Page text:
And apparently business is good. According to the Jefferson County Appraisal District, Umphrey owns two lots at the Southeast Texas Regional Airport worth nearly $900,000.

Although Texas Republicans have traditionally outspend their Democratic adversaries the GOP attempts to put the spotlight on trial attorney donors like Watts and Umphrey whenever it can. To the GOP, which is heavily funded by developers, along with corporate and insurance interests, trial attorneys are single-issue donors: They want to gut initiatives like Proposition 12, the 2003 constitutional amendment voters approved to cap damages like pain and suffering in medical lawsuits.

But Watts scoffs at criticism that he merely gives money in the hopes of unraveling tort reform.

“If that were true, I wouldn’t have given money to people who voted for it, " he says. "I’m a Democrat, and I support Democrats -- I think Democrats are better for this country and this state."

Democratic state Rep. Richard Raymond, who received $10,000 from Watts last month and has filed to run for the House speaker post, says he's hardly been a reliable vote for trial attorneys. It was only until the House passed legislation paving the way for Proposition 12 that he took their side.

I voted for every tort reform bill that came before me for ten years but Prop 12 was too extreme," he says. “They took the popularity of doctors and used that as a tool to help insurance companies make more money.”

But Sherry Sylvester, with Texans for Lawsuit Reform, says the battle over how Texans litigate is ongoing. Last year, she says lawmakers introduced 394 pieces of legislation that would have weakened tort reforms or made it easier to sue. That's why trial attorneys like Watts flooded the coffers of Democratic candidates in the final weeks before Nov. 4. According to a report from Texans for Lawsuit Reform, "personal injury trial lawyers" accounted for an astounding 97 percent of the Democratic Party's campaign contributions in the critical last weeks of the election season, as reported eight days prior to Election Day.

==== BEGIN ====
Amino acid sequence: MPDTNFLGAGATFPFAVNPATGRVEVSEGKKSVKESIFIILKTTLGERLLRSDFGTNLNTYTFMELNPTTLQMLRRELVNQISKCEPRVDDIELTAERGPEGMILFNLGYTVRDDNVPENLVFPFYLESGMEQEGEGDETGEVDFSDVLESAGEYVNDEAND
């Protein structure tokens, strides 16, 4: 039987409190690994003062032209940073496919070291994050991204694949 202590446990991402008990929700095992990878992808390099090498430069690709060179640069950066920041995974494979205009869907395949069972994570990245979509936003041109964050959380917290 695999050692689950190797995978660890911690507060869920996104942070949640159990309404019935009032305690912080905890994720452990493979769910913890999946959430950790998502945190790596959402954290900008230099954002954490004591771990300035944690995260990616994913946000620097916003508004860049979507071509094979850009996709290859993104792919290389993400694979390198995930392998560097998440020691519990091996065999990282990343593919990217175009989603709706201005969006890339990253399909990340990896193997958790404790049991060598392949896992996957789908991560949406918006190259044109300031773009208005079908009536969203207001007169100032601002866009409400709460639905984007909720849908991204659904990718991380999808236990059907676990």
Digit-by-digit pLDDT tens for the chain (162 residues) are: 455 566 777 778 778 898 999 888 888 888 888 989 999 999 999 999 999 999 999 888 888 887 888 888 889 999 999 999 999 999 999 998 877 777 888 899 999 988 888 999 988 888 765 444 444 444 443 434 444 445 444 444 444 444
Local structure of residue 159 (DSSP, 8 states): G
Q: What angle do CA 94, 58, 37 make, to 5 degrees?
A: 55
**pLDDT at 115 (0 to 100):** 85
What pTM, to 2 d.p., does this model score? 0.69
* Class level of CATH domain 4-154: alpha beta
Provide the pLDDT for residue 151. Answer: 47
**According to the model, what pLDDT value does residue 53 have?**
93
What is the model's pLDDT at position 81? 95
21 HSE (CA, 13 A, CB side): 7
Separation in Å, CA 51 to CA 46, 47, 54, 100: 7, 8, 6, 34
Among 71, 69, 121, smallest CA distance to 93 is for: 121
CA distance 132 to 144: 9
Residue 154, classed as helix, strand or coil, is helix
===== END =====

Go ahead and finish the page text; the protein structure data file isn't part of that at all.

But Hector Nieto with the Texas Democratic Party says that the group's figure merely takes a short-term look. Over the first eight months of 2008, he says that Democrats have raised money from 14,000 people making an average donation of only $86. Besides, it's not like the GOP doesn't have their own cast of rich guys angling to dispatch friendly candidates to Austin. Now the Democrats have donors like Watts who can even the score.

“If you visit with him, you figure out that he is a very smart guy, his intellect is through the stratosphere," Raymond says. "But he doesn’t act that way. He’s very easy-going.”

Maybe more so after the elections.

(Photo: Mikal Watts, courtesy of Watts Law Firm.)